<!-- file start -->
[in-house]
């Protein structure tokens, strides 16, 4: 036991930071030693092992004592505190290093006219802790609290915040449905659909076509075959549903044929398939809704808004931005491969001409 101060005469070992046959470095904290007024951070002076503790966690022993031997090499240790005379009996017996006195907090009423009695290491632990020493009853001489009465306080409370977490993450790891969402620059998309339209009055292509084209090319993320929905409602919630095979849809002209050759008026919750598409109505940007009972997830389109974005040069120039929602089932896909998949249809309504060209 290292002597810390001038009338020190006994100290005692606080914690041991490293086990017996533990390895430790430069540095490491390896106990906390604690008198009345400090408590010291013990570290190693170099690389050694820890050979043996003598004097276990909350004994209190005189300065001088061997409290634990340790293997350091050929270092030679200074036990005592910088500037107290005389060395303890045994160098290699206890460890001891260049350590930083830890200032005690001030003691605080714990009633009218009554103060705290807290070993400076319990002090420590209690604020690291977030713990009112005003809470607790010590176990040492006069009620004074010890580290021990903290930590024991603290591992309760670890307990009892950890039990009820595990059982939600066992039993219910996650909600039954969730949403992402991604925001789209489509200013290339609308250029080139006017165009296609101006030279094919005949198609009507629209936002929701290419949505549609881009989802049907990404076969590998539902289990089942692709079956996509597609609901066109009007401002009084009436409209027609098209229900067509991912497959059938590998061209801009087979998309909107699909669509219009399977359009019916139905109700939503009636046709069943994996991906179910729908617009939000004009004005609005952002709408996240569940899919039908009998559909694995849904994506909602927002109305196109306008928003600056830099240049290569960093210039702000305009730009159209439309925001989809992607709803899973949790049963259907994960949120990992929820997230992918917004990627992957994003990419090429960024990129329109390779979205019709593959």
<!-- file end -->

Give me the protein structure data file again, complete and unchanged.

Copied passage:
[in-house]
């Protein structure tokens, strides 16, 4: 036991930071030693092992004592505190290093006219802790609290915040449905659909076509075959549903044929398939809704808004931005491969001409 101060005469070992046959470095904290007024951070002076503790966690022993031997090499240790005379009996017996006195907090009423009695290491632990020493009853001489009465306080409370977490993450790891969402620059998309339209009055292509084209090319993320929905409602919630095979849809002209050759008026919750598409109505940007009972997830389109974005040069120039929602089932896909998949249809309504060209 290292002597810390001038009338020190006994100290005692606080914690041991490293086990017996533990390895430790430069540095490491390896106990906390604690008198009345400090408590010291013990570290190693170099690389050694820890050979043996003598004097276990909350004994209190005189300065001088061997409290634990340790293997350091050929270092030679200074036990005592910088500037107290005389060395303890045994160098290699206890460890001891260049350590930083830890200032005690001030003691605080714990009633009218009554103060705290807290070993400076319990002090420590209690604020690291977030713990009112005003809470607790010590176990040492006069009620004074010890580290021990903290930590024991603290591992309760670890307990009892950890039990009820595990059982939600066992039993219910996650909600039954969730949403992402991604925001789209489509200013290339609308250029080139006017165009296609101006030279094919005949198609009507629209936002929701290419949505549609881009989802049907990404076969590998539902289990089942692709079956996509597609609901066109009007401002009084009436409209027609098209229900067509991912497959059938590998061209801009087979998309909107699909669509219009399977359009019916139905109700939503009636046709069943994996991906179910729908617009939000004009004005609005952002709408996240569940899919039908009998559909694995849904994506909602927002109305196109306008928003600056830099240049290569960093210039702000305009730009159209439309925001989809992607709803899973949790049963259907994960949120990992929820997230992918917004990627992957994003990419090429960024990129329109390779979205019709593959």